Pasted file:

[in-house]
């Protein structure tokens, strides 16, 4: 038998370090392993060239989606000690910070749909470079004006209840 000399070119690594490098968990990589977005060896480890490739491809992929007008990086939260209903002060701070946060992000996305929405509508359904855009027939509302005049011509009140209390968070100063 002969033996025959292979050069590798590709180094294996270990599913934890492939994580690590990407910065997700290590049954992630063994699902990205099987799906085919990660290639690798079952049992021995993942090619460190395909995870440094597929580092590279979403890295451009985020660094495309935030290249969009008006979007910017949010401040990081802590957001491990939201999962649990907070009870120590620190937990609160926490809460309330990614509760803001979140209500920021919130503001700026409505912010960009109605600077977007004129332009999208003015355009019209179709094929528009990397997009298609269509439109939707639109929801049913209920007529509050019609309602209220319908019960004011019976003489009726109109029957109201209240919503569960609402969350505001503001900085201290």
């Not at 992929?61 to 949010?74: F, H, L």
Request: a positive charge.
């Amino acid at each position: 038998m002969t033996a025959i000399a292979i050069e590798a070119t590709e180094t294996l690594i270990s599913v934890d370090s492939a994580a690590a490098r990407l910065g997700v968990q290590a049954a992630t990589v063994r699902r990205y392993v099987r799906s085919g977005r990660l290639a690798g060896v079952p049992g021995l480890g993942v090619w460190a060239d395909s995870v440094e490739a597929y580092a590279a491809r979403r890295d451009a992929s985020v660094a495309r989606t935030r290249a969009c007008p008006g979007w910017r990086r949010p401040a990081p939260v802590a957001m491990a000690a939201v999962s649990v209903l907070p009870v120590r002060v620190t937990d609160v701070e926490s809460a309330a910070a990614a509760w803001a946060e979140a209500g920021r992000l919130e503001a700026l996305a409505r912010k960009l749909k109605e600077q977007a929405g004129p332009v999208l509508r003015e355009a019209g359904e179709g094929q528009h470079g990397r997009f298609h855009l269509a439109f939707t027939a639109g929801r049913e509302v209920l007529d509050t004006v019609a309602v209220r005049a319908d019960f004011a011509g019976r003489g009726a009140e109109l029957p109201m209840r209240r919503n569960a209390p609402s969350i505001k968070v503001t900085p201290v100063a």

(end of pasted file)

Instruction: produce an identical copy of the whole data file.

[in-house]
């Protein structure tokens, strides 16, 4: 038998370090392993060239989606000690910070749909470079004006209840 000399070119690594490098968990990589977005060896480890490739491809992929007008990086939260209903002060701070946060992000996305929405509508359904855009027939509302005049011509009140209390968070100063 002969033996025959292979050069590798590709180094294996270990599913934890492939994580690590990407910065997700290590049954992630063994699902990205099987799906085919990660290639690798079952049992021995993942090619460190395909995870440094597929580092590279979403890295451009985020660094495309935030290249969009008006979007910017949010401040990081802590957001491990939201999962649990907070009870120590620190937990609160926490809460309330990614509760803001979140209500920021919130503001700026409505912010960009109605600077977007004129332009999208003015355009019209179709094929528009990397997009298609269509439109939707639109929801049913209920007529509050019609309602209220319908019960004011019976003489009726109109029957109201209240919503569960609402969350505001503001900085201290």
């Not at 992929?61 to 949010?74: F, H, L």
Request: a positive charge.
């Amino acid at each position: 038998m002969t033996a025959i000399a292979i050069e590798a070119t590709e180094t294996l690594i270990s599913v934890d370090s492939a994580a690590a490098r990407l910065g997700v968990q290590a049954a992630t990589v063994r699902r990205y392993v099987r799906s085919g977005r990660l290639a690798g060896v079952p049992g021995l480890g993942v090619w460190a060239d395909s995870v440094e490739a597929y580092a590279a491809r979403r890295d451009a992929s985020v660094a495309r989606t935030r290249a969009c007008p008006g979007w910017r990086r949010p401040a990081p939260v802590a957001m491990a000690a939201v999962s649990v209903l907070p009870v120590r002060v620190t937990d609160v701070e926490s809460a309330a910070a990614a509760w803001a946060e979140a209500g920021r992000l919130e503001a700026l996305a409505r912010k960009l749909k109605e600077q977007a929405g004129p332009v999208l509508r003015e355009a019209g359904e179709g094929q528009h470079g990397r997009f298609h855009l269509a439109f939707t027939a639109g929801r049913e509302v209920l007529d509050t004006v019609a309602v209220r005049a319908d019960f004011a011509g019976r003489g009726a009140e109109l029957p109201m209840r209240r919503n569960a209390p609402s969350i505001k968070v503001t900085p201290v100063a």